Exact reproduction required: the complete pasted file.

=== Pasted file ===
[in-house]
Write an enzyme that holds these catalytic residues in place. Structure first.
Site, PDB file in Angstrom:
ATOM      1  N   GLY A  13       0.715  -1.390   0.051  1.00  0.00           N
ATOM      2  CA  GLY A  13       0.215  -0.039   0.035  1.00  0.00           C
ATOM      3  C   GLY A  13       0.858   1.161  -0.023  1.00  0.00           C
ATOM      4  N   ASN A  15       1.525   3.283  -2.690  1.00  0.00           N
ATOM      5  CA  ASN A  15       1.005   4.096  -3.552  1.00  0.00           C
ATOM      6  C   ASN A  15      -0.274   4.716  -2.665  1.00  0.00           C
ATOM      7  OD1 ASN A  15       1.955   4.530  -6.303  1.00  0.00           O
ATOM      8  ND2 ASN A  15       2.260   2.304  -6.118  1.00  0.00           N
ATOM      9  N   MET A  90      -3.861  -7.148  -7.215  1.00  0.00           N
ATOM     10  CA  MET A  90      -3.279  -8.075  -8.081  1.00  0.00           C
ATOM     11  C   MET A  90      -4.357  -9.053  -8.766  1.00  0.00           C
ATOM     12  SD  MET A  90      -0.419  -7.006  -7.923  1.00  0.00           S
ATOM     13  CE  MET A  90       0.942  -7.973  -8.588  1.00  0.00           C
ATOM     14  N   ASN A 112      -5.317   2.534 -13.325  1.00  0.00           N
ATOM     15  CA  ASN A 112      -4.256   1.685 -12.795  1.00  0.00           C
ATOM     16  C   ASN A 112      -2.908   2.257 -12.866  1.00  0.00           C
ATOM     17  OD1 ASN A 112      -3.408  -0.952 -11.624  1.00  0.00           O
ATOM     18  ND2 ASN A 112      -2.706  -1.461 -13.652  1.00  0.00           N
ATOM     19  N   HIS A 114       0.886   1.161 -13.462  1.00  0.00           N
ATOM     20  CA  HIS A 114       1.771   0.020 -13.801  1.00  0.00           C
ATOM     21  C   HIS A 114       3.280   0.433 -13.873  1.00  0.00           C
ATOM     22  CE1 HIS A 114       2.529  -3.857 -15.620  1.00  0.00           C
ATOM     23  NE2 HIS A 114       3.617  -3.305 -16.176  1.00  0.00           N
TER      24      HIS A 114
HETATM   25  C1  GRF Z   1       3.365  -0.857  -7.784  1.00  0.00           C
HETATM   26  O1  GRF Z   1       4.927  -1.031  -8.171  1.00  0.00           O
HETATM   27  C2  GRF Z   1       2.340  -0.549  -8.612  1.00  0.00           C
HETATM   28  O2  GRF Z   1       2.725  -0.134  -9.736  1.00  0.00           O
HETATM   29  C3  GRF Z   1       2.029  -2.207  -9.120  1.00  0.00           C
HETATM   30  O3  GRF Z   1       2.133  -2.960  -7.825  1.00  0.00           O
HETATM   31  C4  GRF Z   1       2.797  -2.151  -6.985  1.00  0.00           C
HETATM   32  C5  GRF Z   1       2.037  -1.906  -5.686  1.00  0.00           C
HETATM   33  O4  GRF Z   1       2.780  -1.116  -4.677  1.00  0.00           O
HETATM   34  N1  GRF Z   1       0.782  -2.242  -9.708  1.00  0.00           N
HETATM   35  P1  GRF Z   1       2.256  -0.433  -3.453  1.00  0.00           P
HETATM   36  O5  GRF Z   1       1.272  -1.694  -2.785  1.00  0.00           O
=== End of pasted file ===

[in-house]
Write an enzyme that holds these catalytic residues in place. Structure first.
Site, PDB file in Angstrom:
ATOM      1  N   GLY A  13       0.715  -1.390   0.051  1.00  0.00           N
ATOM      2  CA  GLY A  13       0.215  -0.039   0.035  1.00  0.00           C
ATOM      3  C   GLY A  13       0.858   1.161  -0.023  1.00  0.00           C
ATOM      4  N   ASN A  15       1.525   3.283  -2.690  1.00  0.00           N
ATOM      5  CA  ASN A  15       1.005   4.096  -3.552  1.00  0.00           C
ATOM      6  C   ASN A  15      -0.274   4.716  -2.665  1.00  0.00           C
ATOM      7  OD1 ASN A  15       1.955   4.530  -6.303  1.00  0.00           O
ATOM      8  ND2 ASN A  15       2.260   2.304  -6.118  1.00  0.00           N
ATOM      9  N   MET A  90      -3.861  -7.148  -7.215  1.00  0.00           N
ATOM     10  CA  MET A  90      -3.279  -8.075  -8.081  1.00  0.00           C
ATOM     11  C   MET A  90      -4.357  -9.053  -8.766  1.00  0.00           C
ATOM     12  SD  MET A  90      -0.419  -7.006  -7.923  1.00  0.00           S
ATOM     13  CE  MET A  90       0.942  -7.973  -8.588  1.00  0.00           C
ATOM     14  N   ASN A 112      -5.317   2.534 -13.325  1.00  0.00           N
ATOM     15  CA  ASN A 112      -4.256   1.685 -12.795  1.00  0.00           C
ATOM     16  C   ASN A 112      -2.908   2.257 -12.866  1.00  0.00           C
ATOM     17  OD1 ASN A 112      -3.408  -0.952 -11.624  1.00  0.00           O
ATOM     18  ND2 ASN A 112      -2.706  -1.461 -13.652  1.00  0.00           N
ATOM     19  N   HIS A 114       0.886   1.161 -13.462  1.00  0.00           N
ATOM     20  CA  HIS A 114       1.771   0.020 -13.801  1.00  0.00           C
ATOM     21  C   HIS A 114       3.280   0.433 -13.873  1.00  0.00           C
ATOM     22  CE1 HIS A 114       2.529  -3.857 -15.620  1.00  0.00           C
ATOM     23  NE2 HIS A 114       3.617  -3.305 -16.176  1.00  0.00           N
TER      24      HIS A 114
HETATM   25  C1  GRF Z   1       3.365  -0.857  -7.784  1.00  0.00           C
HETATM   26  O1  GRF Z   1       4.927  -1.031  -8.171  1.00  0.00           O
HETATM   27  C2  GRF Z   1       2.340  -0.549  -8.612  1.00  0.00           C
HETATM   28  O2  GRF Z   1       2.725  -0.134  -9.736  1.00  0.00           O
HETATM   29  C3  GRF Z   1       2.029  -2.207  -9.120  1.00  0.00           C
HETATM   30  O3  GRF Z   1       2.133  -2.960  -7.825  1.00  0.00           O
HETATM   31  C4  GRF Z   1       2.797  -2.151  -6.985  1.00  0.00           C
HETATM   32  C5  GRF Z   1       2.037  -1.906  -5.686  1.00  0.00           C
HETATM   33  O4  GRF Z   1       2.780  -1.116  -4.677  1.00  0.00           O
HETATM   34  N1  GRF Z   1       0.782  -2.242  -9.708  1.00  0.00           N
HETATM   35  P1  GRF Z   1       2.256  -0.433  -3.453  1.00  0.00           P
HETATM   36  O5  GRF Z   1       1.272  -1.694  -2.785  1.00  0.00           O